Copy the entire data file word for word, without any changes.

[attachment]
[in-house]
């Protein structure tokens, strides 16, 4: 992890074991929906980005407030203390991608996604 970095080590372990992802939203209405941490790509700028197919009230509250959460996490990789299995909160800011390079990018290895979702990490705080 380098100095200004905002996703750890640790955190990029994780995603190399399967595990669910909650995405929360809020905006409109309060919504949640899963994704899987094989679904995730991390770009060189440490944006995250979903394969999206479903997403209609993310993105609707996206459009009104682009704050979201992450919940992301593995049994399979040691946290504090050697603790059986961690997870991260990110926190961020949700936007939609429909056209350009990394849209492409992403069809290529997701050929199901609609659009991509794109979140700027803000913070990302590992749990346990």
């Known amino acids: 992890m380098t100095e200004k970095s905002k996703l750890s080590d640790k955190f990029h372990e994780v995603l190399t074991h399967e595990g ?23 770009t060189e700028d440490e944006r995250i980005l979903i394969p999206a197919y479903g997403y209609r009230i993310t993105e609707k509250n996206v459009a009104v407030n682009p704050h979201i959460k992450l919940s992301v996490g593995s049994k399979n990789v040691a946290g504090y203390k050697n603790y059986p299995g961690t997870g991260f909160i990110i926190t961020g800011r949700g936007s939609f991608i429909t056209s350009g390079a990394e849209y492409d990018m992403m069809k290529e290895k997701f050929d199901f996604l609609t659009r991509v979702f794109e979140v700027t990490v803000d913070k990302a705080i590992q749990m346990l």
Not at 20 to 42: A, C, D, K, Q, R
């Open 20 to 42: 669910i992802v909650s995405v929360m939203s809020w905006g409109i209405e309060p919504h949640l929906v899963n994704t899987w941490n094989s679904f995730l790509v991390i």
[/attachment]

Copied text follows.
[in-house]
């Protein structure tokens, strides 16, 4: 992890074991929906980005407030203390991608996604 970095080590372990992802939203209405941490790509700028197919009230509250959460996490990789299995909160800011390079990018290895979702990490705080 380098100095200004905002996703750890640790955190990029994780995603190399399967595990669910909650995405929360809020905006409109309060919504949640899963994704899987094989679904995730991390770009060189440490944006995250979903394969999206479903997403209609993310993105609707996206459009009104682009704050979201992450919940992301593995049994399979040691946290504090050697603790059986961690997870991260990110926190961020949700936007939609429909056209350009990394849209492409992403069809290529997701050929199901609609659009991509794109979140700027803000913070990302590992749990346990």
């Known amino acids: 992890m380098t100095e200004k970095s905002k996703l750890s080590d640790k955190f990029h372990e994780v995603l190399t074991h399967e595990g ?23 770009t060189e700028d440490e944006r995250i980005l979903i394969p999206a197919y479903g997403y209609r009230i993310t993105e609707k509250n996206v459009a009104v407030n682009p704050h979201i959460k992450l919940s992301v996490g593995s049994k399979n990789v040691a946290g504090y203390k050697n603790y059986p299995g961690t997870g991260f909160i990110i926190t961020g800011r949700g936007s939609f991608i429909t056209s350009g390079a990394e849209y492409d990018m992403m069809k290529e290895k997701f050929d199901f996604l609609t659009r991509v979702f794109e979140v700027t990490v803000d913070k990302a705080i590992q749990m346990l």
Not at 20 to 42: A, C, D, K, Q, R
């Open 20 to 42: 669910i992802v909650s995405v929360m939203s809020w905006g409109i209405e309060p919504h949640l929906v899963n994704t899987w941490n094989s679904f995730l790509v991390i």